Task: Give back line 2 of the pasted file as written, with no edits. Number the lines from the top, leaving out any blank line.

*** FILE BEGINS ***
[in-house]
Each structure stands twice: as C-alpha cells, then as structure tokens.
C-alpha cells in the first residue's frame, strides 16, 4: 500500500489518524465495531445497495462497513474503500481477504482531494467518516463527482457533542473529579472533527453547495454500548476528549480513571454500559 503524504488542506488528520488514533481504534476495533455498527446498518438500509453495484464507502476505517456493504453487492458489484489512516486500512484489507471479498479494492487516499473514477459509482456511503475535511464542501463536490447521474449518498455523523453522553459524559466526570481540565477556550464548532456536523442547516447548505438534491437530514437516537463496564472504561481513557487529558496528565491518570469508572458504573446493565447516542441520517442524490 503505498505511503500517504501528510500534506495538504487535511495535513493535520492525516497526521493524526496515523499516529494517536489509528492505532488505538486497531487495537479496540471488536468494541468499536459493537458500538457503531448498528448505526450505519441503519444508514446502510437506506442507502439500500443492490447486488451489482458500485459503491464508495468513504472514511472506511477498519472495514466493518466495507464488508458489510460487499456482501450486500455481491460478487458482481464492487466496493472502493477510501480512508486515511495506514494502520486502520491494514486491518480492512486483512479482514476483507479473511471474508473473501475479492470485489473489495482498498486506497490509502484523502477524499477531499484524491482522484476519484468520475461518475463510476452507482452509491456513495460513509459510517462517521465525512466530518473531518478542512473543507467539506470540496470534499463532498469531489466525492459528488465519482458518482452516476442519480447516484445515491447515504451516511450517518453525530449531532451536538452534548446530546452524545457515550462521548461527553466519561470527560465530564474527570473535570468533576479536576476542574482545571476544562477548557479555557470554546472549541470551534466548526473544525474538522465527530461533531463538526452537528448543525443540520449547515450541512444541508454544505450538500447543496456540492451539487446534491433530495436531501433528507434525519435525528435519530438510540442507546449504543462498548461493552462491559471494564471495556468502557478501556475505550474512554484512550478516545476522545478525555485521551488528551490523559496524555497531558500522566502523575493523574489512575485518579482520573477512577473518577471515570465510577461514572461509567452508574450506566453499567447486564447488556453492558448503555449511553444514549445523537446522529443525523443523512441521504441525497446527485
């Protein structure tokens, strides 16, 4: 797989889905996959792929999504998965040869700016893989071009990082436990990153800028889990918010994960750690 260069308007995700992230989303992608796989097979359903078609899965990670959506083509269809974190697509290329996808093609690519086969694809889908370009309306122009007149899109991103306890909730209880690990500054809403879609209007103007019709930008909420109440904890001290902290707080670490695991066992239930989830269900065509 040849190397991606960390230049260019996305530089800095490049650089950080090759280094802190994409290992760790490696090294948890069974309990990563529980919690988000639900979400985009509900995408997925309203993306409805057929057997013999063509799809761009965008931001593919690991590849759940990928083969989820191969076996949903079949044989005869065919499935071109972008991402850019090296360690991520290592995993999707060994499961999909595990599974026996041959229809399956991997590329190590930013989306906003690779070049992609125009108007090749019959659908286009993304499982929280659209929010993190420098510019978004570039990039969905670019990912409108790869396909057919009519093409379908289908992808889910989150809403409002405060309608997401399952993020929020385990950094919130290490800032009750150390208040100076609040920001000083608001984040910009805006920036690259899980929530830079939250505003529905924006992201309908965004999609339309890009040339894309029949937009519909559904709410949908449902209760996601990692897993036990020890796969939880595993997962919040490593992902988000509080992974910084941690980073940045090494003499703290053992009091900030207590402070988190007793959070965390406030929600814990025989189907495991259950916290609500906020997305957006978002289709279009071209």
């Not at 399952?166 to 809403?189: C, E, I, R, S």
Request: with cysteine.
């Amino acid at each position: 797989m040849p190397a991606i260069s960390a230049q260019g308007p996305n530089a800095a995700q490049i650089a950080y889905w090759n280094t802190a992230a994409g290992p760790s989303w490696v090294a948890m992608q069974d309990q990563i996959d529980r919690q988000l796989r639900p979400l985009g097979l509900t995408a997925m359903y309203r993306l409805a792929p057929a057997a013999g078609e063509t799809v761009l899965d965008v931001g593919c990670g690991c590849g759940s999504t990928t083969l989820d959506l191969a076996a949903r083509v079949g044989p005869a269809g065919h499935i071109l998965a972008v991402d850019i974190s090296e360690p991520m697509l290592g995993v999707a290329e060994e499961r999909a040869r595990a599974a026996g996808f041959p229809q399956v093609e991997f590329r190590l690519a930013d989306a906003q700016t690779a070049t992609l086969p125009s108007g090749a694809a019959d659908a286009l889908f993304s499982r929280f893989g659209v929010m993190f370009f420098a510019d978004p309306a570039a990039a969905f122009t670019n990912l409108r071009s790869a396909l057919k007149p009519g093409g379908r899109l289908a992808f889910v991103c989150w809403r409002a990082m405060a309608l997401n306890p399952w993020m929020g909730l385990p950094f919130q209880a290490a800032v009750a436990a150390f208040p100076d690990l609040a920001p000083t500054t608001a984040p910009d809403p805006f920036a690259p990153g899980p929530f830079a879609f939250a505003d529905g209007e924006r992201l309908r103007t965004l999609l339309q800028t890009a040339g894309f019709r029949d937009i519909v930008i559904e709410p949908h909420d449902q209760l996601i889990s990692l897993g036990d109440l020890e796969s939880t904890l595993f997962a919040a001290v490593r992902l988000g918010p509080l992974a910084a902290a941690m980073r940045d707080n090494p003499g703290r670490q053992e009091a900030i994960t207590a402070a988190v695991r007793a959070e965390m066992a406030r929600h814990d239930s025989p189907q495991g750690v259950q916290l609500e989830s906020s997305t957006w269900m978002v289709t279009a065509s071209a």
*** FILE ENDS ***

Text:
Each structure stands twice: as C-alpha cells, then as structure tokens.